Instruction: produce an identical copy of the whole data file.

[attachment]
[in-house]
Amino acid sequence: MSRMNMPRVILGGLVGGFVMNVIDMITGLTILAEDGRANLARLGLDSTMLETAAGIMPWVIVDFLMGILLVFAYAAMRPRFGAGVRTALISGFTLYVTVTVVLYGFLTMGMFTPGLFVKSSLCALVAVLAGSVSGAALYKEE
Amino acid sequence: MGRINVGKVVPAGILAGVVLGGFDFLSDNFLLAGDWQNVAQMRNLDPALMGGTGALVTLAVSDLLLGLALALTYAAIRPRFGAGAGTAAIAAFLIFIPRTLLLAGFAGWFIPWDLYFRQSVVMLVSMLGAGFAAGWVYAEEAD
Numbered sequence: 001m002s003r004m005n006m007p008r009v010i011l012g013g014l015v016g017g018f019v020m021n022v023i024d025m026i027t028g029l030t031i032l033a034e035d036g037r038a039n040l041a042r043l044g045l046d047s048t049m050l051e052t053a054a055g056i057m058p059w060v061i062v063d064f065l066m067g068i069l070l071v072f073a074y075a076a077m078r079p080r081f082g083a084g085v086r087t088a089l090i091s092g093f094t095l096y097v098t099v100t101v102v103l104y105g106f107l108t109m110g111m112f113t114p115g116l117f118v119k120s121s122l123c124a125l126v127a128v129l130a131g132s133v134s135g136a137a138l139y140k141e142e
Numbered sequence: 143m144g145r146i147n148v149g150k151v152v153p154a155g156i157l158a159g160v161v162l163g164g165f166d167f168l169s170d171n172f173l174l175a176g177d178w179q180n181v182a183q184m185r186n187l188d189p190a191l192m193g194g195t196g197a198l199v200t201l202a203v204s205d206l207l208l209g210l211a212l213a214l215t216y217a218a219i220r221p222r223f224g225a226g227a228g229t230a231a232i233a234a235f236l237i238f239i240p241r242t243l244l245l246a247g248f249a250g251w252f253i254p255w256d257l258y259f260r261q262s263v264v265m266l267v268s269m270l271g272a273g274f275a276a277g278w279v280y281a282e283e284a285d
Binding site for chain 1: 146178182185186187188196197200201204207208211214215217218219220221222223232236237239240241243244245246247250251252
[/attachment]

[in-house]
Amino acid sequence: MSRMNMPRVILGGLVGGFVMNVIDMITGLTILAEDGRANLARLGLDSTMLETAAGIMPWVIVDFLMGILLVFAYAAMRPRFGAGVRTALISGFTLYVTVTVVLYGFLTMGMFTPGLFVKSSLCALVAVLAGSVSGAALYKEE
Amino acid sequence: MGRINVGKVVPAGILAGVVLGGFDFLSDNFLLAGDWQNVAQMRNLDPALMGGTGALVTLAVSDLLLGLALALTYAAIRPRFGAGAGTAAIAAFLIFIPRTLLLAGFAGWFIPWDLYFRQSVVMLVSMLGAGFAAGWVYAEEAD
Numbered sequence: 001m002s003r004m005n006m007p008r009v010i011l012g013g014l015v016g017g018f019v020m021n022v023i024d025m026i027t028g029l030t031i032l033a034e035d036g037r038a039n040l041a042r043l044g045l046d047s048t049m050l051e052t053a054a055g056i057m058p059w060v061i062v063d064f065l066m067g068i069l070l071v072f073a074y075a076a077m078r079p080r081f082g083a084g085v086r087t088a089l090i091s092g093f094t095l096y097v098t099v100t101v102v103l104y105g106f107l108t109m110g111m112f113t114p115g116l117f118v119k120s121s122l123c124a125l126v127a128v129l130a131g132s133v134s135g136a137a138l139y140k141e142e
Numbered sequence: 143m144g145r146i147n148v149g150k151v152v153p154a155g156i157l158a159g160v161v162l163g164g165f166d167f168l169s170d171n172f173l174l175a176g177d178w179q180n181v182a183q184m185r186n187l188d189p190a191l192m193g194g195t196g197a198l199v200t201l202a203v204s205d206l207l208l209g210l211a212l213a214l215t216y217a218a219i220r221p222r223f224g225a226g227a228g229t230a231a232i233a234a235f236l237i238f239i240p241r242t243l244l245l246a247g248f249a250g251w252f253i254p255w256d257l258y259f260r261q262s263v264v265m266l267v268s269m270l271g272a273g274f275a276a277g278w279v280y281a282e283e284a285d
Binding site for chain 1: 146178182185186187188196197200201204207208211214215217218219220221222223232236237239240241243244245246247250251252